In July, we attended this year’s Camp Digital conference, hosted by Nexer Digital, hearing from industry leaders about the latest thinking and approaches in design, data and technology.
We were inspired by the strong themes of social and environmental justice in design and technology throughout the day’s talks and workshops. From People Street founder Shabira Papain’s keynote on inclusive design, to Sensory Design Consultant Alastair Somerville’s workshop on using system design in the climate crisis. Between sessions, we were treated to plenty of good food and the opportunity to network with fellow attendees.
Read on for our personal highlights and how we’re incorporating them into our own practice.
I have a strong sense of connection with Camp Digital. Last year I was a speaker, this year I'm an attendee. I was looking forward to this conference for a few reasons:
To sit back and watch the different storytelling and narrative styles
Shabira Papain was a keynote speaker at SD in Gov in 2022. Watching her speak again was a good opportunity to see how a talk can adapt. Shabira showed me how one talk can be adapted for a similar audience. For me, watching a woman of colour smashing it again on stage is inspiring and motivating. Her talk was as effective as the first time. It's a reminder that everyone we work with has their own story and experience in life. Take time to learn about each other.
To hear from a personal mentor
Audree Fletcher is the reason I wanted to attend this year. Audree has inspired me and had an active part in my journey into leadership. I knew it was the perfect opportunity to catch up - after all, that’s what going to a conference is about. Martin goes into detail on Audree’s talk below, but to give you a taster – Audree spoke about how as designers we can be proactive to encourage good decision making to happen, and I left the talk with some tangible ways to understand stakeholders.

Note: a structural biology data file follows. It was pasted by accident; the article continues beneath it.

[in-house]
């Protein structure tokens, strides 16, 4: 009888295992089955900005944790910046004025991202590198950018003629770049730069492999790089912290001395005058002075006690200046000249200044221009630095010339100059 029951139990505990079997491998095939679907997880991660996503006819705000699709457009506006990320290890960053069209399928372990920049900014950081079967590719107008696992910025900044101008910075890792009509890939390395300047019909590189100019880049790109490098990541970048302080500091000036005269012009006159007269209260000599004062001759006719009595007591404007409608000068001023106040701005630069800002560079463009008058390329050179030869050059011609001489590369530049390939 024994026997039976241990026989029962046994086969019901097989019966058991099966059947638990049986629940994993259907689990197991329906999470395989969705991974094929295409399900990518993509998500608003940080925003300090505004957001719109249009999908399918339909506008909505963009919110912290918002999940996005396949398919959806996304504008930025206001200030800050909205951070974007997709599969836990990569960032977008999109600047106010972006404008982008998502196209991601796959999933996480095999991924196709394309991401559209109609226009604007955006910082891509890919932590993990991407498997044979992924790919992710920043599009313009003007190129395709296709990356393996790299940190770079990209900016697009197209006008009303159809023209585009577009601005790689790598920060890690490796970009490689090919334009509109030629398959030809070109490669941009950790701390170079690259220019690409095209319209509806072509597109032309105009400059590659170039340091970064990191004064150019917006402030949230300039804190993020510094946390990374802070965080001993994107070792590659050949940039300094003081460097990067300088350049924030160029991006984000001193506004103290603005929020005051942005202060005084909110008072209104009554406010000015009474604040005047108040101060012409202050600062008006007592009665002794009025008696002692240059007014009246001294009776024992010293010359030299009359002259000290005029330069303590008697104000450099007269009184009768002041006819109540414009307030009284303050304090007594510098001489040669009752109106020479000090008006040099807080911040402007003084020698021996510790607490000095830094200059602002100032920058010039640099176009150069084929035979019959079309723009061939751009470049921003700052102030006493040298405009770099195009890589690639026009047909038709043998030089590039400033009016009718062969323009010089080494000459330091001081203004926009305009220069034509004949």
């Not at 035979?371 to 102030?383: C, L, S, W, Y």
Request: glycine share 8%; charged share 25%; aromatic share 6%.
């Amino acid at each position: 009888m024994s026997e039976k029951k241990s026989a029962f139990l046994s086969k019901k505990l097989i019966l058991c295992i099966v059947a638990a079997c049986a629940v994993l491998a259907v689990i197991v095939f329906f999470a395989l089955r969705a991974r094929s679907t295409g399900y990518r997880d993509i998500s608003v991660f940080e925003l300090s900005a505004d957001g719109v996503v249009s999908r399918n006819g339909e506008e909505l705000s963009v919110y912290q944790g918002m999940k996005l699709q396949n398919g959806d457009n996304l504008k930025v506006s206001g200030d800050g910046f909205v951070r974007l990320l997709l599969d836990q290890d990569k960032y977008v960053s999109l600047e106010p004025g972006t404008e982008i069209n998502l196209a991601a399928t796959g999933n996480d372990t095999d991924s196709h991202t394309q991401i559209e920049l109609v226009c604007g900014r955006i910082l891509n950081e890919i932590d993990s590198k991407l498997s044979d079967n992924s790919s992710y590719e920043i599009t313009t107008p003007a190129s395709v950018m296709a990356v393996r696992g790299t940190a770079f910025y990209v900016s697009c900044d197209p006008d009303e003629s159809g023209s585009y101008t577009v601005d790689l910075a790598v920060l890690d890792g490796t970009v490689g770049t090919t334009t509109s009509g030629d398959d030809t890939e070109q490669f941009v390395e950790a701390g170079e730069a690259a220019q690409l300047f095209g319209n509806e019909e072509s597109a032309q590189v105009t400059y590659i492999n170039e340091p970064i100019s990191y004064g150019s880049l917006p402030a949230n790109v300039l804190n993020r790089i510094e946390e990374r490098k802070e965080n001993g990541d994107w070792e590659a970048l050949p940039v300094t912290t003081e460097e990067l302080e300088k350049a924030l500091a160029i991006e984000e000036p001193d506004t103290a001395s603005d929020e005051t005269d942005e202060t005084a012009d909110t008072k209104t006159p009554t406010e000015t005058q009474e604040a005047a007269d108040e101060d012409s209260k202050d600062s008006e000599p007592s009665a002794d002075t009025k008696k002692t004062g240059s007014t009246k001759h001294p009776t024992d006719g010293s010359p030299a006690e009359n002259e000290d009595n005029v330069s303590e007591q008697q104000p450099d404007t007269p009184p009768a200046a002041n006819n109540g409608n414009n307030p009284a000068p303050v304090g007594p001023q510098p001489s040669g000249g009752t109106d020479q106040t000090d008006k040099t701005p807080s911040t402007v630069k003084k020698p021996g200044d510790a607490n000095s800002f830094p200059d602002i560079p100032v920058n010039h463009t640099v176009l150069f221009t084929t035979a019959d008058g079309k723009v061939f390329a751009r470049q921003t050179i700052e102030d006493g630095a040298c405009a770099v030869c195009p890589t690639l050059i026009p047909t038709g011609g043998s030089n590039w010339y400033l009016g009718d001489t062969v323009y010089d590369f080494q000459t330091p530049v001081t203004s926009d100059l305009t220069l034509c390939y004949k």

To get hands-on
As designers we’re so busy designing and running workshops, it's lovely to sit in on them and take part. Alastair Somerville ran us through the workshop ‘using Systemic design in the climate crisis’. The structure included some theory, some interactive moments to engage and discuss topics with our table, and some alone time to think about how we create our forest of possibility for a better future. I came away feeling optimistic that 'I am enough'. We all have tools in our hands today to make an impact. We need to use them.
After realising this was my first in person event since COVID, I settled in to watch the keynote speakers – James Plunkett with a diatribe on digital transformation “why is this so f*cking hard!” and Shabiria Papain on digital justice – two talks that left me worried the event had peaked early and wouldn’t be able to maintain the level of quality it had set for itself. Thankfully I was wrong.
My highlight from the day was Audree Fletcher with her talk ‘Designing in the Dark’. Audree walked us through the dark art of stakeholder management, an area of our work that doesn’t get talked about enough – doing the invisible work of influencing decision makers, befriending sponsors and navigating organisational politics to ensure that we get permission to do the work we’re here for. It’s easy to forget, when you’re in meeting after meeting not ‘designing’, that this is the work.